Thursday, August 27, 2009

Senator Edward Kennedy's role in creating CHIP

In the myriad of articles and tributes to Senator Edward Kennedy we found one this morning that focused on his work to expand programs to help the poor. Kennedy was instrumental in creating CHIP, the federal program that brings universal health care to children in the U.S.

From this article from South Coast Today, writer Becky Evans tells us more about the creation of S-CHIP.

“I don't think you will see a U.S. senator anytime soon who will contribute as much to helping the poor and the working class, particularly in SouthCoast, but all over the country,” said Sen. Mark C. Montigny, D-New Bedford.

Montigny, who collaborated with Kennedy on numerous local projects throughout the years, said one of his most rewarding experiences was working with the senator during the 1990s to develop a universal health care program for uninsured children.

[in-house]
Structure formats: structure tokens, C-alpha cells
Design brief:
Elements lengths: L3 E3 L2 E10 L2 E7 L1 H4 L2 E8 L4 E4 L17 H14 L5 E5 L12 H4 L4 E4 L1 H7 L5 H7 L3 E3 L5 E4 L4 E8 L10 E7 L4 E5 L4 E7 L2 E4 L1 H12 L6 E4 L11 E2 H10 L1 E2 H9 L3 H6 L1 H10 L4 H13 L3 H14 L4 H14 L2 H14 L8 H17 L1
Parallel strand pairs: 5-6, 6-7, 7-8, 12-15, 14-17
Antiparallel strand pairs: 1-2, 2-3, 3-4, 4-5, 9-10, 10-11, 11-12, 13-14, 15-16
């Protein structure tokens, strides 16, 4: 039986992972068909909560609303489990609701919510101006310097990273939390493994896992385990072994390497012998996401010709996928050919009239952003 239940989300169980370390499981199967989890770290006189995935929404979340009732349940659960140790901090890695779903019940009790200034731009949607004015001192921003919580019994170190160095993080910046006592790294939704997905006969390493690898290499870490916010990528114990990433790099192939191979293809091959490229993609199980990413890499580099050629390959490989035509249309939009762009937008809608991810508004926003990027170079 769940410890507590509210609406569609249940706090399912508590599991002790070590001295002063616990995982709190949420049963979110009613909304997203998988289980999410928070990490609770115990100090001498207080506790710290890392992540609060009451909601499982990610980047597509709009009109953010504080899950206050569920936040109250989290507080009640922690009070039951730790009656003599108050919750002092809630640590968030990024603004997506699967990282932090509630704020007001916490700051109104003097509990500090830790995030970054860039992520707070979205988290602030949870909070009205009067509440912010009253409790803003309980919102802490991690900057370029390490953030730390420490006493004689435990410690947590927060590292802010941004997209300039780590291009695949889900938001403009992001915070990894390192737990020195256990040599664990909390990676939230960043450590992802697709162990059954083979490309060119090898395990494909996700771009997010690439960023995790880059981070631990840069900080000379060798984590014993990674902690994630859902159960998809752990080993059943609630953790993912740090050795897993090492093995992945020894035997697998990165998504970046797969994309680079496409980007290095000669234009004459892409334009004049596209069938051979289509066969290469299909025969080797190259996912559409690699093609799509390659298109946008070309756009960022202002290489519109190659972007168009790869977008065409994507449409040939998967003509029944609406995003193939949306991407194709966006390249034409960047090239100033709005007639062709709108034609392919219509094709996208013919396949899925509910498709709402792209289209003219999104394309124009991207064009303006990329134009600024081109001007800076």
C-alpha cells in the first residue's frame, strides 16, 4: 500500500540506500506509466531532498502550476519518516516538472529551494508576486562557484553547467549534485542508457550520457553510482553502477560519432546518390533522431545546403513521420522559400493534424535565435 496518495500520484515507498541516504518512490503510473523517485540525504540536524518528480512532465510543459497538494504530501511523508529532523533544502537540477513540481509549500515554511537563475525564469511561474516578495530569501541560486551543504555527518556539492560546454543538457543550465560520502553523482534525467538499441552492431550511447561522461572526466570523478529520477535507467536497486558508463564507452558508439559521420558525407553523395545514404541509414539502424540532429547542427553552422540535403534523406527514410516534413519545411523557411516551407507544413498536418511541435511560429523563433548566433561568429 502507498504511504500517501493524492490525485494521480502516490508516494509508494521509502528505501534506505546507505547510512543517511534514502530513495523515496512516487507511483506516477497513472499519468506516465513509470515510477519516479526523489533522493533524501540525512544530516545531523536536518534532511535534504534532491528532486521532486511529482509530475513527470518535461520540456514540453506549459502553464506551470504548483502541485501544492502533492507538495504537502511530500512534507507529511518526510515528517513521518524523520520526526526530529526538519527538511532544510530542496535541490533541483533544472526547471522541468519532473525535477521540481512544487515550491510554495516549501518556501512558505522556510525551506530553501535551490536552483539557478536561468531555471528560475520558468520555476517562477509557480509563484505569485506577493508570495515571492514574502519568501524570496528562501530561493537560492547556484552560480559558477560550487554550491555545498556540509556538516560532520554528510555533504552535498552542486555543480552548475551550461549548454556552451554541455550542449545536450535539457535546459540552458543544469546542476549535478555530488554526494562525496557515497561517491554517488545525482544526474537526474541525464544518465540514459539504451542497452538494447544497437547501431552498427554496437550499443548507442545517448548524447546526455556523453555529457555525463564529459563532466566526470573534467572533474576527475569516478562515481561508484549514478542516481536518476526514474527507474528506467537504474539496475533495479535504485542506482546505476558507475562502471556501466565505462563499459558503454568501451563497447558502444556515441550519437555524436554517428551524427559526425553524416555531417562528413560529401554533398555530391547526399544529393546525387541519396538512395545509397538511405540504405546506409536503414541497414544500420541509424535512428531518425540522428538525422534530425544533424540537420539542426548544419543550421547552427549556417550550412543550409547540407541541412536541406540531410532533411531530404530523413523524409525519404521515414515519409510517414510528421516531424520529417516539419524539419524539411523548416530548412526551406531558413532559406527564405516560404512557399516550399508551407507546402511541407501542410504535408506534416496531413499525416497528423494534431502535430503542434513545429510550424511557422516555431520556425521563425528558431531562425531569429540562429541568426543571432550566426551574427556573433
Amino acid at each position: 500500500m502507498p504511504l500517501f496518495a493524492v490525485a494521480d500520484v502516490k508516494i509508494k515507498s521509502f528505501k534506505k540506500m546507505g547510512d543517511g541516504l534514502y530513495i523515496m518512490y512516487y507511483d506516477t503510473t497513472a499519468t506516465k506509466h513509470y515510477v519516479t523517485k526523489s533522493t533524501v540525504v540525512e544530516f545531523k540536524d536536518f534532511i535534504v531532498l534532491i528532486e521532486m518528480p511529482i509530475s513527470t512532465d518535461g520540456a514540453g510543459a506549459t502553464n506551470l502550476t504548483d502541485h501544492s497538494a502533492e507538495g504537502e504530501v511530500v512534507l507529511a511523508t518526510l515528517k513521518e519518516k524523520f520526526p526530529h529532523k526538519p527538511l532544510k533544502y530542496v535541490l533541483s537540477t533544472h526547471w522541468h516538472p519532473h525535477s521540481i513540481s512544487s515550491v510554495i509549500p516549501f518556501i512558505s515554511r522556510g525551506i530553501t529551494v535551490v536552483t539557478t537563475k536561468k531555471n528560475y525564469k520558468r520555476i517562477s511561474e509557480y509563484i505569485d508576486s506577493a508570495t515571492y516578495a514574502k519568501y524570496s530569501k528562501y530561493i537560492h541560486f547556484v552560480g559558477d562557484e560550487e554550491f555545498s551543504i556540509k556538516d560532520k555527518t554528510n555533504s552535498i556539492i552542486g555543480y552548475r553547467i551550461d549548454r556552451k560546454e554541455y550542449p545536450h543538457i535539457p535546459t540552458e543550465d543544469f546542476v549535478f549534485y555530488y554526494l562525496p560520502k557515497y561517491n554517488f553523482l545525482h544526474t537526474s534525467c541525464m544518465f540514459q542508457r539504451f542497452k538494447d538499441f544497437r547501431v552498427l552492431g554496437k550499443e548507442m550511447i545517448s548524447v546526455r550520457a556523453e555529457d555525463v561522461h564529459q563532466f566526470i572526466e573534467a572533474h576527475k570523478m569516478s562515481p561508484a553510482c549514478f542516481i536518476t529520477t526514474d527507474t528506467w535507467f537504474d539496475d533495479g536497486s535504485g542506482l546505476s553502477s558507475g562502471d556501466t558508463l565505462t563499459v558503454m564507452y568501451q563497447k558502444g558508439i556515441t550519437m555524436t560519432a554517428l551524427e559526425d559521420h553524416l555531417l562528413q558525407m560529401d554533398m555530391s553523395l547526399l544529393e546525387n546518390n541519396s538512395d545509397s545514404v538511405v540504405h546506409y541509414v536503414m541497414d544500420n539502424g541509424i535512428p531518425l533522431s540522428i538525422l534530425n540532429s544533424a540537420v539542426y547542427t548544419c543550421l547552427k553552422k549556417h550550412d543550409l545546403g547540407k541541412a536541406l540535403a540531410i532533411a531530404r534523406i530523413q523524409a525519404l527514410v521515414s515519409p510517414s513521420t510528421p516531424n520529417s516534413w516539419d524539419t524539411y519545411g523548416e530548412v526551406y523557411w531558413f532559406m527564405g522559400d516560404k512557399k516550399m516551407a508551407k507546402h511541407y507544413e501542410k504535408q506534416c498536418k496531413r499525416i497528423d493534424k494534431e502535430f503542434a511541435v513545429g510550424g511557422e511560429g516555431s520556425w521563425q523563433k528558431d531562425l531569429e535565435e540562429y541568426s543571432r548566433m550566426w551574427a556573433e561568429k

Kennedy, with his extensive health care knowledge, helped advise Montigny and former state Rep. John McDonough on legislation that created a state health insurance program for uninsured children. The Massachusetts program, which delivered health care to thousands of uninsured children in SouthCoast, later served as a model for a nationwide program, Montigny said.

The federal program, known today as the Children's Health Insurance Program, or CHIP, provides matching funds to states that offer health insurance to families with children.

“Here he was advising us on how to do it in Massachusetts and then soliciting advice from us on how to do it nationally,” Montigny said of Kennedy.

“There is no one who has done more to push health care expansion in this country,” he added.

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